[source: Guardian, July 21 2005]
But surely if there is one person in the whole world who has a bit of a cheek asking these questions, it is Lee Scott, who is the boss of Walmart. Walmart is still the world's biggest retailer, is the dominant retailer in the US, and owns Asda in the UK.
[source: Sunday Times, August 28th 2005, BBC News August 28th 2005]
However, before we write off Scott as a total hypocrite, here are some reason why he feels things are unfair.
1. Tesco has a much higher market share in the UK than Walmart has in the US. And yet Walmart seems to attract a much higher level of hostile criticism and campaigning. (Just try an Internet search if you don't believe me.)
2. Walmart/Asda was prevented from buying Safeway because this would have resulted in a 29% market share. Tesco now has a 30% market share. (Not surprisingly these figures are disputed.) Why do the UK regulators permit the latter when they wouldn't permit the former? (There are of course several ways of answering this question.)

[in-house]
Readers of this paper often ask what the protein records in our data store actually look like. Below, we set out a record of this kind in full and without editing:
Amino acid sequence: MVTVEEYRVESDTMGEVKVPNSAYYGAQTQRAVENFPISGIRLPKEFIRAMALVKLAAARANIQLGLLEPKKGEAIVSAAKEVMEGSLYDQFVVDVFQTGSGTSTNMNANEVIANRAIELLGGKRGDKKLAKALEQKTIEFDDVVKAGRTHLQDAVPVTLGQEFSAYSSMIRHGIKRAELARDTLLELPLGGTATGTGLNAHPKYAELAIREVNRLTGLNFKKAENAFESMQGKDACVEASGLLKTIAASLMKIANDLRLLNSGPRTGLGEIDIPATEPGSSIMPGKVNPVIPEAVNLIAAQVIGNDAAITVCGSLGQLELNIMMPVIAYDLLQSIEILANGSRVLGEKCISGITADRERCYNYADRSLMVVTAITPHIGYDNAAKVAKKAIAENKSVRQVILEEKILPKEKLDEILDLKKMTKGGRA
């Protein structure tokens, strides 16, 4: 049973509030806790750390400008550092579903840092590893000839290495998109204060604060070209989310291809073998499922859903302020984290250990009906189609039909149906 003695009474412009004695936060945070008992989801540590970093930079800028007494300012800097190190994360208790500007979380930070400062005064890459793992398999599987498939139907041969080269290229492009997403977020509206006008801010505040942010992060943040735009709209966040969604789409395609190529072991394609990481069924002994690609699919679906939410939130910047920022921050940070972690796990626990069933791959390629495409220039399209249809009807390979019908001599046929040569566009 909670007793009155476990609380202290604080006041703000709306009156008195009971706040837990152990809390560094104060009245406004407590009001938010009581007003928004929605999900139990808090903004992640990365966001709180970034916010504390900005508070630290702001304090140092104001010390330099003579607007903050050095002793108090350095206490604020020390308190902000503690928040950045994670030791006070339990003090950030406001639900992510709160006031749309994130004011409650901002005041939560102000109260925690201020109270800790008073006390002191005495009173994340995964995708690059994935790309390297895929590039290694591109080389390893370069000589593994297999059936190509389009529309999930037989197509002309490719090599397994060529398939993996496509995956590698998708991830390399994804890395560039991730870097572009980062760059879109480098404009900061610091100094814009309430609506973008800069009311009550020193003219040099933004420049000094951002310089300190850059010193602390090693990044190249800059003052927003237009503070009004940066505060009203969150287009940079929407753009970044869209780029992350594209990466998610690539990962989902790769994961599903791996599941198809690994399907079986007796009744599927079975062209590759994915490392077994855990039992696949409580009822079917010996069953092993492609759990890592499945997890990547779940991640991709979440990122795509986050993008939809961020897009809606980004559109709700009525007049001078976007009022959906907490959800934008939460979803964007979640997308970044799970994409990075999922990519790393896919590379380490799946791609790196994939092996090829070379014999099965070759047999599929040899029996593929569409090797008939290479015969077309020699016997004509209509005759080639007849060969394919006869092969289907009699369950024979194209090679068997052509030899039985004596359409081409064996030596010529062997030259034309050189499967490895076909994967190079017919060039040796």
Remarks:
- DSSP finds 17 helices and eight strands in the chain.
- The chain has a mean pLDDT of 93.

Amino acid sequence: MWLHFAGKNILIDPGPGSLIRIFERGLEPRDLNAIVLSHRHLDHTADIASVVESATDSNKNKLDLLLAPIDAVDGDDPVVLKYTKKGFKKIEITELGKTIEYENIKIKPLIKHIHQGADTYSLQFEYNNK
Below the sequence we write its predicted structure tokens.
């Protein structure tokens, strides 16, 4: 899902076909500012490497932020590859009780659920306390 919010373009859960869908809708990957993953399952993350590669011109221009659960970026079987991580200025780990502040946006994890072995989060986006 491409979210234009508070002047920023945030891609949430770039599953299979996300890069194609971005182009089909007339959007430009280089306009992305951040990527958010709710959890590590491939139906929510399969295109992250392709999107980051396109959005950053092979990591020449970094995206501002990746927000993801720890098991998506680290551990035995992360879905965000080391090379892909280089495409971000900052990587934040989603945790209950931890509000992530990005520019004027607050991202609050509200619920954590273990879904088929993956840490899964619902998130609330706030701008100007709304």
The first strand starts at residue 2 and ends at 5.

What is the purpose of this kind of regulation? One way of thinking about it is as an attempt to exert some form of ethical and social influence over economic market forces. And it is the complex interaction between ethical, social and economic forces that makes this kind of situation so interesting.